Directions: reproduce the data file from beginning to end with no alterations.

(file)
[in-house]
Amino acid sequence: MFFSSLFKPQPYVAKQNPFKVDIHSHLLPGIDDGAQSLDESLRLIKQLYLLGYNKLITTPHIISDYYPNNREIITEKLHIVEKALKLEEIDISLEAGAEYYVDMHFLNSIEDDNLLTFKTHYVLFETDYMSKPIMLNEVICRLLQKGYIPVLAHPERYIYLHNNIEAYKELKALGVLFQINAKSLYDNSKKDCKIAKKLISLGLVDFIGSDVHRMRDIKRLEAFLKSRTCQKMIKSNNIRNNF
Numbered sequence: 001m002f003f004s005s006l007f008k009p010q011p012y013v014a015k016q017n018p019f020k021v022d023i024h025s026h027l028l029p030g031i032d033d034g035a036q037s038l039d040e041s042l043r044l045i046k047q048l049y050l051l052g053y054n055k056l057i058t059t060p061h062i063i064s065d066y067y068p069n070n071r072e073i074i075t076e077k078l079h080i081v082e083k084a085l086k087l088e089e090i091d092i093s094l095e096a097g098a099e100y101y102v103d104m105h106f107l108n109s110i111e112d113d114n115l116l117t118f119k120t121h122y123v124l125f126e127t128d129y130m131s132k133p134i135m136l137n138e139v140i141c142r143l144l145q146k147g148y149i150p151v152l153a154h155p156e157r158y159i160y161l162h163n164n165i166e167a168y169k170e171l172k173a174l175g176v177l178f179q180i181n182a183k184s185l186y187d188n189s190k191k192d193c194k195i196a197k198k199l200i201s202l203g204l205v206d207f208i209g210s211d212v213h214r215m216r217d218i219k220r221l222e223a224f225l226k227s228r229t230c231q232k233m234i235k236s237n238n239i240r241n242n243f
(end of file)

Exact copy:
[in-house]
Amino acid sequence: MFFSSLFKPQPYVAKQNPFKVDIHSHLLPGIDDGAQSLDESLRLIKQLYLLGYNKLITTPHIISDYYPNNREIITEKLHIVEKALKLEEIDISLEAGAEYYVDMHFLNSIEDDNLLTFKTHYVLFETDYMSKPIMLNEVICRLLQKGYIPVLAHPERYIYLHNNIEAYKELKALGVLFQINAKSLYDNSKKDCKIAKKLISLGLVDFIGSDVHRMRDIKRLEAFLKSRTCQKMIKSNNIRNNF
Numbered sequence: 001m002f003f004s005s006l007f008k009p010q011p012y013v014a015k016q017n018p019f020k021v022d023i024h025s026h027l028l029p030g031i032d033d034g035a036q037s038l039d040e041s042l043r044l045i046k047q048l049y050l051l052g053y054n055k056l057i058t059t060p061h062i063i064s065d066y067y068p069n070n071r072e073i074i075t076e077k078l079h080i081v082e083k084a085l086k087l088e089e090i091d092i093s094l095e096a097g098a099e100y101y102v103d104m105h106f107l108n109s110i111e112d113d114n115l116l117t118f119k120t121h122y123v124l125f126e127t128d129y130m131s132k133p134i135m136l137n138e139v140i141c142r143l144l145q146k147g148y149i150p151v152l153a154h155p156e157r158y159i160y161l162h163n164n165i166e167a168y169k170e171l172k173a174l175g176v177l178f179q180i181n182a183k184s185l186y187d188n189s190k191k192d193c194k195i196a197k198k199l200i201s202l203g204l205v206d207f208i209g210s211d212v213h214r215m216r217d218i219k220r221l222e223a224f225l226k227s228r229t230c231q232k233m234i235k236s237n238n239i240r241n242n243f